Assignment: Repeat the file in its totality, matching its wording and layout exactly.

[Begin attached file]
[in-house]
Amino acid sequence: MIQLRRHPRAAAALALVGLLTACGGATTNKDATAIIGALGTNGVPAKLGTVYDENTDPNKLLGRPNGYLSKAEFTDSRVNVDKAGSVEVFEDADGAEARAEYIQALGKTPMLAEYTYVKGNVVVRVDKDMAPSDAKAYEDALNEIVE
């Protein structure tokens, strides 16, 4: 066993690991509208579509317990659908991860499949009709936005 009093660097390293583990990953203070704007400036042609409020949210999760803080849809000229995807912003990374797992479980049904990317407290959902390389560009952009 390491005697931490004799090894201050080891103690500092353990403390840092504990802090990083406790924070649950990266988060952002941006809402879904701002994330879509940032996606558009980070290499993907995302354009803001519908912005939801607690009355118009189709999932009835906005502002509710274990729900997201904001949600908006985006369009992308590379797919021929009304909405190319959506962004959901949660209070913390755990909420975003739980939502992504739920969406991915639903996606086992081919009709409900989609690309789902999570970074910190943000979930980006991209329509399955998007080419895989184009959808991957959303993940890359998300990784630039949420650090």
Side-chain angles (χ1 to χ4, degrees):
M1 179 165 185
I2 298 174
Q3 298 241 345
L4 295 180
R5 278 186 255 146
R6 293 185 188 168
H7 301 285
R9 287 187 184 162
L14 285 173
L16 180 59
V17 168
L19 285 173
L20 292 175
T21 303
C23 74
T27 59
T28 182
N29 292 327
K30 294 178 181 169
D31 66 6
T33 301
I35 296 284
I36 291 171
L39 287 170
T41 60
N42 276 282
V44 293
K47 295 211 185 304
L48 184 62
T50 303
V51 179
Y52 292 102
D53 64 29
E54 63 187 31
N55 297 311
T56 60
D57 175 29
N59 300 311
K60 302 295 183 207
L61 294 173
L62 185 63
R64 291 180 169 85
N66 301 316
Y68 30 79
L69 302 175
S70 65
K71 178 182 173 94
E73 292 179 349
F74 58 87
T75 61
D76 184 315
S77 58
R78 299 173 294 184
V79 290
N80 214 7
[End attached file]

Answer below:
[in-house]
Amino acid sequence: MIQLRRHPRAAAALALVGLLTACGGATTNKDATAIIGALGTNGVPAKLGTVYDENTDPNKLLGRPNGYLSKAEFTDSRVNVDKAGSVEVFEDADGAEARAEYIQALGKTPMLAEYTYVKGNVVVRVDKDMAPSDAKAYEDALNEIVE
């Protein structure tokens, strides 16, 4: 066993690991509208579509317990659908991860499949009709936005 009093660097390293583990990953203070704007400036042609409020949210999760803080849809000229995807912003990374797992479980049904990317407290959902390389560009952009 390491005697931490004799090894201050080891103690500092353990403390840092504990802090990083406790924070649950990266988060952002941006809402879904701002994330879509940032996606558009980070290499993907995302354009803001519908912005939801607690009355118009189709999932009835906005502002509710274990729900997201904001949600908006985006369009992308590379797919021929009304909405190319959506962004959901949660209070913390755990909420975003739980939502992504739920969406991915639903996606086992081919009709409900989609690309789902999570970074910190943000979930980006991209329509399955998007080419895989184009959808991957959303993940890359998300990784630039949420650090």
Side-chain angles (χ1 to χ4, degrees):
M1 179 165 185
I2 298 174
Q3 298 241 345
L4 295 180
R5 278 186 255 146
R6 293 185 188 168
H7 301 285
R9 287 187 184 162
L14 285 173
L16 180 59
V17 168
L19 285 173
L20 292 175
T21 303
C23 74
T27 59
T28 182
N29 292 327
K30 294 178 181 169
D31 66 6
T33 301
I35 296 284
I36 291 171
L39 287 170
T41 60
N42 276 282
V44 293
K47 295 211 185 304
L48 184 62
T50 303
V51 179
Y52 292 102
D53 64 29
E54 63 187 31
N55 297 311
T56 60
D57 175 29
N59 300 311
K60 302 295 183 207
L61 294 173
L62 185 63
R64 291 180 169 85
N66 301 316
Y68 30 79
L69 302 175
S70 65
K71 178 182 173 94
E73 292 179 349
F74 58 87
T75 61
D76 184 315
S77 58
R78 299 173 294 184
V79 290
N80 214 7